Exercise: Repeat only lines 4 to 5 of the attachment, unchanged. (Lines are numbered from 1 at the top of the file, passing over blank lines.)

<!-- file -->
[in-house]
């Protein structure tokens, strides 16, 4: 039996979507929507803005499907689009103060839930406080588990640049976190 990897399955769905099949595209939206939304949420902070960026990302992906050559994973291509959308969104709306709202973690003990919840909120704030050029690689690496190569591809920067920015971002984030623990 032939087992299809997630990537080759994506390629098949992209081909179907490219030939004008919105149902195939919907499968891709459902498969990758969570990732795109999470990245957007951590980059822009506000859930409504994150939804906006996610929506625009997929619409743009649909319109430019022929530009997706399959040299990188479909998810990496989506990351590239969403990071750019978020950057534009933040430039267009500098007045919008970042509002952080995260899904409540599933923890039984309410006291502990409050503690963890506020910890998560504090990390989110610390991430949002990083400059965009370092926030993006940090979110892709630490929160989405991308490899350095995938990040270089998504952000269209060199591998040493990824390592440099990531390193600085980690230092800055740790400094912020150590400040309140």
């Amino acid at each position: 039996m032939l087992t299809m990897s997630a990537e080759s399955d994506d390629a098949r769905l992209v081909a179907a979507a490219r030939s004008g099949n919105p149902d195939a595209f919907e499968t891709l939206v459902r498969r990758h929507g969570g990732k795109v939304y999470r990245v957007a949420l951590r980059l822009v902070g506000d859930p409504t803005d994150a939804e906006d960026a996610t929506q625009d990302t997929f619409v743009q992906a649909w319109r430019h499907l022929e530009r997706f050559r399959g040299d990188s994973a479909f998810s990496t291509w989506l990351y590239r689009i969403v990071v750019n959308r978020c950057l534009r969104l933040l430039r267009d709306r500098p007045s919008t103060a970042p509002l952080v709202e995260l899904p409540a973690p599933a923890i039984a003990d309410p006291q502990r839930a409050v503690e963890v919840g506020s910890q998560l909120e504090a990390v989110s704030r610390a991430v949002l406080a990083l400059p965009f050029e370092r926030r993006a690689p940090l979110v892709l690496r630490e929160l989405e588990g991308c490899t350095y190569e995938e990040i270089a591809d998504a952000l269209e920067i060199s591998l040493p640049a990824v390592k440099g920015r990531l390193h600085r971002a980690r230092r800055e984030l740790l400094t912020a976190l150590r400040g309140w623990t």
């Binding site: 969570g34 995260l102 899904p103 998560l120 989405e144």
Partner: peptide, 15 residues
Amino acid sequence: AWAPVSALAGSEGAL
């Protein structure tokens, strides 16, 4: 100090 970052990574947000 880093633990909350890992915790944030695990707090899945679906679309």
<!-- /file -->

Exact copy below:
């Binding site: 969570g34 995260l102 899904p103 998560l120 989405e144």
Partner: peptide, 15 residues